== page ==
How I Created A $120K/Month Book Marketing Software

$120K
revenue/mo
1
Founders
6
Employees
Kindlepreneur
from Franklin, TN, USA
started July 2015
$120,000
revenue/mo
1
Founders
6
Employees
25.2K
alexa rank
2.41K
followers
3.44K
followers
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Start An Amazon Kindle Publishing Business

Hello! Who are you and what are you working on?

My name is Dave Chesson and I’m the founder of Kindlepreneur, a website devoted to help and teach authors how to self-publish, and market their books on Amazon and other online stores.

I’m also the creator of Publisher Rocket, a book marketing software that helps authors with their Amazon book keyword research, Category selection, and advertisement. The software covers the US, UK, and German markets and was recently listed by MarketWatch as one of the top 8 book marketing companies in the world.

Furthermore, in a couple of months, I will be releasing new software called Atticus, which I hope to turn into the best book writing software full of plotting, writing, collaboration, and formatting.

I’m also a 7x bestselling author and when I’m not working on the above, I’m also a consultant to multiple publishing companies and NYT bestselling authors.

how-i-created-a-120k-month-book-marketing-software

What's your backstory and how did you come up with the idea?

I’ll tell you the truth, I never thought I’d be here. I grew up with dyslexia so English was never my forte. Plus I am no programmer and had zero experience working in the field.

But here I am and it all started with just writing a book.

While in the military, my wife and I had racked up a bunch of debt. So, I worked to find a side hustle that manifested into writing books and publishing them on Amazon. With each book, I learned more about the book market and so, I decided to create a website devoted to teaching others how to write and sell books on Amazon. Hence Kindepreneur was created.

For three years, I spent my mornings working on the website and helping it to grow. It was slow, but over time it kept growing and growing.

But then something amazing happened that would change the course of my business forever.

One morning, when going over my analytics and affiliate reports, I realized from one single article on book software, I was selling between 3-5 copies a day of software called Kindle Samurai.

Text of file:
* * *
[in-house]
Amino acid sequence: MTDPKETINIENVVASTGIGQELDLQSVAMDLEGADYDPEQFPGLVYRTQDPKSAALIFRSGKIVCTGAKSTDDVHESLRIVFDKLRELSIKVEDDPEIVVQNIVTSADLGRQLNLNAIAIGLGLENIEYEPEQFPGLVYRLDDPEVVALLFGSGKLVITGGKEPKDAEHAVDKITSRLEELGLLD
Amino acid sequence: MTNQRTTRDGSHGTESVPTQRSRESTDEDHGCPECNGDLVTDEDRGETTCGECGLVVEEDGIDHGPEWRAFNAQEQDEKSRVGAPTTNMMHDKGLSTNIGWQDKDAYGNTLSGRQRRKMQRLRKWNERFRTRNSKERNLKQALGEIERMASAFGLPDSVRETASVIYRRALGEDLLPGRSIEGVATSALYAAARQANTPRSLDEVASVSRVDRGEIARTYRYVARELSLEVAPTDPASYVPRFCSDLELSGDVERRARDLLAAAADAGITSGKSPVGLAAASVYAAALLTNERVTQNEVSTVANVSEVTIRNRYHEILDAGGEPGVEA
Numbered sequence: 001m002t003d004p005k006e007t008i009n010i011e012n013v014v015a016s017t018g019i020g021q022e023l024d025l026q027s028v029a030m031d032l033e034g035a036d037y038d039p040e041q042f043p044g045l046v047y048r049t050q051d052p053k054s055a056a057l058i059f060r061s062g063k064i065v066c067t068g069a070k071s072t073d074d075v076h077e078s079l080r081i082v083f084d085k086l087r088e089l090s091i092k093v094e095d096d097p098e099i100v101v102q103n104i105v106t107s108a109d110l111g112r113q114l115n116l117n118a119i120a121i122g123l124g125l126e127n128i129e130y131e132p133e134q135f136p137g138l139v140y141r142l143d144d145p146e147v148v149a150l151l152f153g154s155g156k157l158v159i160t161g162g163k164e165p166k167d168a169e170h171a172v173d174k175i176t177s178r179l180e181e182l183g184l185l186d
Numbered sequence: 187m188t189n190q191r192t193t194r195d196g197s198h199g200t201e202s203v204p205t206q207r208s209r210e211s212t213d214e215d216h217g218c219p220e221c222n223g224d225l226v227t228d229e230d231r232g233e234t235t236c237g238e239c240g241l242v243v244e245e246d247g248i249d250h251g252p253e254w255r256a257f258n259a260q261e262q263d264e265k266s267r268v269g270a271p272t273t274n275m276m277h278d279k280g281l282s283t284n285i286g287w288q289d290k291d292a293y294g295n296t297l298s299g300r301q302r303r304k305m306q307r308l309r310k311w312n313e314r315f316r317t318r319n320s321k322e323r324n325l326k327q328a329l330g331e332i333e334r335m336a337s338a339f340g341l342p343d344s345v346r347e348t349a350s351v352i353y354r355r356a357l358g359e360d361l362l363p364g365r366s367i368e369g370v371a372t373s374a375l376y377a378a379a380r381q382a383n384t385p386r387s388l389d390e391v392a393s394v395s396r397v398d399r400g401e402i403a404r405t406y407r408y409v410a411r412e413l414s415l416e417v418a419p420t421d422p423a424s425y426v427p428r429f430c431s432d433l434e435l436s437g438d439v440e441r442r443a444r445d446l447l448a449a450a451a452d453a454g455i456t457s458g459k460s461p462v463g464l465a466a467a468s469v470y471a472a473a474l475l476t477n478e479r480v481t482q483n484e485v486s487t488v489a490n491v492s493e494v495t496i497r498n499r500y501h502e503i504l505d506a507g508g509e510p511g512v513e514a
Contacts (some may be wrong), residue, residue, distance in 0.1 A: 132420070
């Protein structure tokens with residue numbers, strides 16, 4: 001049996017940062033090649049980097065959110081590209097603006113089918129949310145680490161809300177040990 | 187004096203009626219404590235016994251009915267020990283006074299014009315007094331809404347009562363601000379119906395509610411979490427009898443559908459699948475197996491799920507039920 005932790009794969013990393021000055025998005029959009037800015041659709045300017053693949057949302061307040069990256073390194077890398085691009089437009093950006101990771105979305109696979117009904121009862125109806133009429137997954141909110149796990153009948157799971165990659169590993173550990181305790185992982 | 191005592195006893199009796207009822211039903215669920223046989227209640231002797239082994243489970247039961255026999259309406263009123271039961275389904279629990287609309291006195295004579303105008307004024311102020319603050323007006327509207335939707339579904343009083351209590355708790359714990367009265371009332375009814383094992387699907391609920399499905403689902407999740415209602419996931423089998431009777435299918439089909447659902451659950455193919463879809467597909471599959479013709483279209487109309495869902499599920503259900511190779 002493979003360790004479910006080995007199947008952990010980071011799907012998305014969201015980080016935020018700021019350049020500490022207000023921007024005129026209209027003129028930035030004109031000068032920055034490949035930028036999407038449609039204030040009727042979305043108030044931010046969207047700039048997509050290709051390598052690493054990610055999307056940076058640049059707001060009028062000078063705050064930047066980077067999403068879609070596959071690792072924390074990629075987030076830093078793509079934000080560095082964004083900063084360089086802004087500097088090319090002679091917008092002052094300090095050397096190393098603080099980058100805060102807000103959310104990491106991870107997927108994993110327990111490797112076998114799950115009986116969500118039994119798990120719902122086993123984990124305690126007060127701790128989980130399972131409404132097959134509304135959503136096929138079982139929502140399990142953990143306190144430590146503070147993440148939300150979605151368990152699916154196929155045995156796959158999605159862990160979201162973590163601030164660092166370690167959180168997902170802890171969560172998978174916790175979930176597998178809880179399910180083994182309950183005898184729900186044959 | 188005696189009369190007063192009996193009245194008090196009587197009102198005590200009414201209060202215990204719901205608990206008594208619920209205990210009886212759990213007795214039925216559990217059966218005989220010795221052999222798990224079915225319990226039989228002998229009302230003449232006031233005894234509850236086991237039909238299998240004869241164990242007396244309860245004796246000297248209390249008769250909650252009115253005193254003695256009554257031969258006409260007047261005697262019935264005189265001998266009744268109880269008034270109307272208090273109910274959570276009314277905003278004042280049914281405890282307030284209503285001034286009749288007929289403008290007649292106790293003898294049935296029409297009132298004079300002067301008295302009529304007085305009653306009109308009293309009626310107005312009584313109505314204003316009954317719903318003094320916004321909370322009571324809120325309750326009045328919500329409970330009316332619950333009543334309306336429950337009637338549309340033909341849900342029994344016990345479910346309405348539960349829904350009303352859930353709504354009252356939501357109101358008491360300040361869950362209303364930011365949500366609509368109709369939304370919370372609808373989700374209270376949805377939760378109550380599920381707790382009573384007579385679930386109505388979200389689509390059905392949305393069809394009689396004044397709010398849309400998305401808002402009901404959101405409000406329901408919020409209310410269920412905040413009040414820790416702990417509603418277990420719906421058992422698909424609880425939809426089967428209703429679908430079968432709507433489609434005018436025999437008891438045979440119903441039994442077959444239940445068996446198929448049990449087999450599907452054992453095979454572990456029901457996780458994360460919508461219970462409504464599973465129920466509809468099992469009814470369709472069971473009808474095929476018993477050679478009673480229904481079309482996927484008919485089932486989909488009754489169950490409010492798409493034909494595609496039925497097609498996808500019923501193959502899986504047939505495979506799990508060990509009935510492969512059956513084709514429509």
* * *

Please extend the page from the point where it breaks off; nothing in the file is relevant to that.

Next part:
This was a bit shocking considering the software only worked on PC and didn’t work for Mac. Furthermore, the creator didn’t speak English so there was no support and there were many bugs and features that were broken.

It was at that moment that I realized that if I could create something like Kindle Samurai, but also make some improvements, and make it work on both Mac and PC, I’d have a successful product on my hands.

Just from my article alone, I could sell between 6-10 copies a day (since mine would work on both Mac AND PC) and would get 100% of the commission instead of the half rate of my affiliate.

How did you start a software company as a non-techy?

Clearly, as someone who is working full time for the military and has no programming experience, I was not the typical software tycoon we all imagine.

I personally like the idea of having the market first and creating the right product for them. It’s so much easier than building a product first and then trying to find the market for it.

However, being armed with the knowledge that if I could just create the software, it would be successful, was a powerful motivator. All I needed was the right programmer or programmers.

I started by Googling software companies and contacting them, but most were in the hundreds of thousands dollar range. Knowing that this wouldn’t work for me, I then started looking at places like Upwork.

There, I found hundreds of programmers. The problem was, they all said they could do the project, and they would have wildly different costs. So, which one could actually do it, and who should I hire?

What rules do you use to hire programmers?

In trying to find the right programmers, I made a LOT of mistakes.

I hired someone who took some portion of the money upfront, and later told me they couldn’t finish it because they ran into a problem.